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Carol movie review: flung out of space

Flawless in every way: sumptuous visually and emotionally. One of the more mature and sophisticated romances the big screen has ever seen. I’m “biast” (pro): adore Cate Blanchett and Todd Haynes

I’m “biast” (con): nothing

I have not read the source material

(what is this about? see my critic’s minifesto)

I first saw Carol at the London Film Festival last October. So, three months ago. And I’ve been terrified to write about it ever since. This happens sometimes with a movie I fall in love with, because I fear that nothing I could say would do it justice, that I would somehow diminish it with words that fail to capture how transcendent it is. I’ve seen the film twice more since — including again just this morning — in the hope that something would inspire me to feel as if I could pin it down in a fair way.
See full article at FlickFilosopher »

‘Carol’ is a ravishing romance

Carol

Written by Phyllis Nagy

Directed by Todd Haynes

UK/USA, 2015

Visually sumptuous from the opening frame, Todd Haynes’s latest, Carol (an adaptation of Patricia Highsmith’s 1952 novel The Price of Salt), wastes no time in grabbing the viewer’s attention. Young businessman Jack Taft (Trent Rowland) gets off a subway and enters a hotel bar, only to find two women, one younger and one older, dressed in striking costumes indicative of the film’s 50s setting. Jack approaches tepidly, eager to talk to them but struggling to conceal his timidity.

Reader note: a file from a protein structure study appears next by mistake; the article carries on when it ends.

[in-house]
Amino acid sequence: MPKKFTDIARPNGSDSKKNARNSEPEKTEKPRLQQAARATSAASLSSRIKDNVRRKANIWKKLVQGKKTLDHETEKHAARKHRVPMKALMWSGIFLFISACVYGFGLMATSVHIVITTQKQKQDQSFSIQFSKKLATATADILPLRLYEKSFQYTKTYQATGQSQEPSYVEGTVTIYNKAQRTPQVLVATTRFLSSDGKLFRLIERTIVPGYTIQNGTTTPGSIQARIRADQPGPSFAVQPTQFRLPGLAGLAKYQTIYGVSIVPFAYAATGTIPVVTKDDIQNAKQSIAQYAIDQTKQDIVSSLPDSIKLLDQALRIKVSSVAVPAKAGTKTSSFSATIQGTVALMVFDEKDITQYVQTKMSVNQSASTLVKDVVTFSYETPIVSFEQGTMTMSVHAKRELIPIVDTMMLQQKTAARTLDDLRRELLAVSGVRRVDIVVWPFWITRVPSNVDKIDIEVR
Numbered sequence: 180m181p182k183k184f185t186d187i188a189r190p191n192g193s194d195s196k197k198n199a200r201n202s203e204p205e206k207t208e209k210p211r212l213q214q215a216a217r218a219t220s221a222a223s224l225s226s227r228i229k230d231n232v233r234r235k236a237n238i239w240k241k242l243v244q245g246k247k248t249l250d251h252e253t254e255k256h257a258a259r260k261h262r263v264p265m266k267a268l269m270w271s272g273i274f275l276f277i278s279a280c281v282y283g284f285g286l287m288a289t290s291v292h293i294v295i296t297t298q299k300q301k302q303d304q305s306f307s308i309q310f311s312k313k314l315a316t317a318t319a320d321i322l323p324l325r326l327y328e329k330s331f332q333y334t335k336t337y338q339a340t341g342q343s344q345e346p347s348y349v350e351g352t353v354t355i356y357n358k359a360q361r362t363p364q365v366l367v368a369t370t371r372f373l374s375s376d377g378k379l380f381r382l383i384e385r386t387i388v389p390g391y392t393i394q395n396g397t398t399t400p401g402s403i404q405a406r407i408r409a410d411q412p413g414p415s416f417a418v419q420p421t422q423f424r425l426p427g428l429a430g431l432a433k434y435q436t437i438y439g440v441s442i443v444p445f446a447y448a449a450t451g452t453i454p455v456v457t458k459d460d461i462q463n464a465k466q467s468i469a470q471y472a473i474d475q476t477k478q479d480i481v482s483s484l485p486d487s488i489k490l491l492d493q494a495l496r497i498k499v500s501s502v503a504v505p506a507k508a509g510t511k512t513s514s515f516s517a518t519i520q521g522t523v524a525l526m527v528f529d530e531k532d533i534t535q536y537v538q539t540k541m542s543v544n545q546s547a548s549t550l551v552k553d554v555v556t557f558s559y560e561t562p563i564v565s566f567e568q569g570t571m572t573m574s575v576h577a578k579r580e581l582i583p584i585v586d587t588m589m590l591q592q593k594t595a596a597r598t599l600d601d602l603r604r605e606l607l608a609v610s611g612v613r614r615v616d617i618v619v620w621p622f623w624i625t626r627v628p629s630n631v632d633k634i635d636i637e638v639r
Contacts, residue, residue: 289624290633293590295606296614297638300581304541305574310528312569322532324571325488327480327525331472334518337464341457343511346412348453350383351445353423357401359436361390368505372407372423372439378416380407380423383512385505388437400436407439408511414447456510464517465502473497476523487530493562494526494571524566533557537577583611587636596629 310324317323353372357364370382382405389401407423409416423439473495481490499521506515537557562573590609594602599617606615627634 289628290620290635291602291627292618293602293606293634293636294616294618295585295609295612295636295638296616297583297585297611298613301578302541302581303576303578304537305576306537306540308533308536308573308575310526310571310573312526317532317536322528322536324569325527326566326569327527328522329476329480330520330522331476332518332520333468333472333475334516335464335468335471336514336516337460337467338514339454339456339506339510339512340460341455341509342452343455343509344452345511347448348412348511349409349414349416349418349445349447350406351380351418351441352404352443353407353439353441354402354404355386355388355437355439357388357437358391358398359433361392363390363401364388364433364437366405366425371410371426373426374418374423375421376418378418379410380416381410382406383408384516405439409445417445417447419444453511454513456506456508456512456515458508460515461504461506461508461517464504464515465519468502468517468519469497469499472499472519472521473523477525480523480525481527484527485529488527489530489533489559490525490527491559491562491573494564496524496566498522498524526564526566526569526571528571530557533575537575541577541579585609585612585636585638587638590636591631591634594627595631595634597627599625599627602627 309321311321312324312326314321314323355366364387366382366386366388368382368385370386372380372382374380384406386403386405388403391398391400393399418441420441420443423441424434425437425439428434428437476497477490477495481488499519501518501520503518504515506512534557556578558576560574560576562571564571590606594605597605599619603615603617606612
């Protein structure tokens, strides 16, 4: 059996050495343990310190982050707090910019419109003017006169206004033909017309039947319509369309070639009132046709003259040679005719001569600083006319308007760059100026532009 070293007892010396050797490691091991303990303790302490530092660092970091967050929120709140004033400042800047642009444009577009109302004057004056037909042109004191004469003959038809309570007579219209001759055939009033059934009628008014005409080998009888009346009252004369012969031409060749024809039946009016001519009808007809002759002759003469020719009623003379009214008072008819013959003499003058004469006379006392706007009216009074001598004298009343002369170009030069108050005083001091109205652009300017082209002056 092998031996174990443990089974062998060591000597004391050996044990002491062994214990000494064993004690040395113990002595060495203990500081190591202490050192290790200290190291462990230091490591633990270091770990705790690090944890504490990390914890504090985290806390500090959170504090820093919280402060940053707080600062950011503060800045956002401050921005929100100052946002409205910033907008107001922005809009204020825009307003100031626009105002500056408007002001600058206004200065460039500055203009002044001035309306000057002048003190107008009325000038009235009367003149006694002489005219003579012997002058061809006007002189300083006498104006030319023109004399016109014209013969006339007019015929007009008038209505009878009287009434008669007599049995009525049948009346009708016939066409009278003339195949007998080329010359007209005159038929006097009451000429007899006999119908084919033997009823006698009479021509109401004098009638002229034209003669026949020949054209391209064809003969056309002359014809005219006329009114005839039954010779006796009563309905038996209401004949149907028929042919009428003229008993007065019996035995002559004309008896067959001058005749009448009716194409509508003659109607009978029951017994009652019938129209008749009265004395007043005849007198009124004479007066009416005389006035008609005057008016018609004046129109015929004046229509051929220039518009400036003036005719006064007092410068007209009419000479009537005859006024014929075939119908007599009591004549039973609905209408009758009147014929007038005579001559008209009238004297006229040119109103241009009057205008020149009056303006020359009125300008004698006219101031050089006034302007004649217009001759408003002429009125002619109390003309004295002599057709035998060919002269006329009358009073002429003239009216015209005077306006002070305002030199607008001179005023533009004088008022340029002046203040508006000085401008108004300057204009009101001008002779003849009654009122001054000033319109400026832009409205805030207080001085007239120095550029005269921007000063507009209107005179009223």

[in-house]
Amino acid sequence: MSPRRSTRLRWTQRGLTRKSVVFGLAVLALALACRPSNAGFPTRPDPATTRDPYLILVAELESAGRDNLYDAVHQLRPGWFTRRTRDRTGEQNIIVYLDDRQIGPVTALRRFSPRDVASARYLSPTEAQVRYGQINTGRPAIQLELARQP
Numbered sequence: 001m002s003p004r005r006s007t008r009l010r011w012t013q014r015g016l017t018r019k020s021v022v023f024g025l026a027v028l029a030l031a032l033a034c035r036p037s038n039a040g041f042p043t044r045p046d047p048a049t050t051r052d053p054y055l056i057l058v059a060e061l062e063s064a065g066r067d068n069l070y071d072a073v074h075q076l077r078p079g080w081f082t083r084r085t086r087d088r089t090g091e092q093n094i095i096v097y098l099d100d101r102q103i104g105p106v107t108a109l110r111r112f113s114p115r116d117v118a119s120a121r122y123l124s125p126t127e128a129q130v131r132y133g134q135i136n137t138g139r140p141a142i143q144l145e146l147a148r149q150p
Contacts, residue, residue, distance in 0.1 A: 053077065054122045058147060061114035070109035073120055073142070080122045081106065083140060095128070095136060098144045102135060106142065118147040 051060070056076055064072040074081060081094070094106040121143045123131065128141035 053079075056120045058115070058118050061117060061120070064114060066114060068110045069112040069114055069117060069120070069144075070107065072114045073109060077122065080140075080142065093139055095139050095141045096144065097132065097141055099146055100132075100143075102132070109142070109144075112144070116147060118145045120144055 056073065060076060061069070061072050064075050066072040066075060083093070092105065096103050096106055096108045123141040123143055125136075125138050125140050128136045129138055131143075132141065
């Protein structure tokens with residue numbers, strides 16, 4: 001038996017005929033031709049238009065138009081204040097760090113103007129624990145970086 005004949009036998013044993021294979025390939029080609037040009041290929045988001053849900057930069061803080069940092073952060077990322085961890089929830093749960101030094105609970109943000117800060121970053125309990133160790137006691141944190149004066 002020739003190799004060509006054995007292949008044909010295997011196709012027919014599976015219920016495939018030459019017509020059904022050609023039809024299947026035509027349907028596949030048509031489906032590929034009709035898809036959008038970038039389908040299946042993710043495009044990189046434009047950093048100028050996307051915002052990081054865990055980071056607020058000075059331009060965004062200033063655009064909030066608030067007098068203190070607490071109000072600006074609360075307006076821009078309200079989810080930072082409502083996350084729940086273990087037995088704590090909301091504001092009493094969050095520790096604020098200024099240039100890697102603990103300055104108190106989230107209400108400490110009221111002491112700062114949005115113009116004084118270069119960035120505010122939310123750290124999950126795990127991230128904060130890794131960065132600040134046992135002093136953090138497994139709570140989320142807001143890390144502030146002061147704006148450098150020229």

The women, as we soon find out, are Therese (Rooney Mara) and Carol (Cate Blanchett), and any doubts about their relationship still lingering after the longing look Therese gives Carol when the two decide to separate for the evening are soon erased. As Therese sits in the back of a taxi with Jack, she reflects on how she
See full article at SoundOnSight »

‘Carol’ Review

Stars: Cate Blanchett, Rooney Mara, Kyle Chandler, Jake Lacy, Sarah Paulson, John Magaro, Cory Michael Smith, Kevin Crowley, Nik Pajic, Carrie Brownstein, Trent Rowland | Written by Phyllis Nagy | Directed by Todd Haynes

Hype at this time of year can become an overwhelming and overbearing thing, taking a film you could be looking forward to and loading so much baggage onto it that the whole thing falls apart, while you feel like a dog howling at the moon as you try and tell people how it’s really not all that; Carol feels like a perfect candidate for this. Getting awards buzz since its first screening in Cannes, based on a book by acclaimed author Patricia Highsmith and starring two previous Oscar botherers in the lead roles, Cate Blanchett and Rooney Mara, and directed by a man who has been on the fringes of big awards for years, Todd Haynes, this
See full article at Blogomatic3000 »

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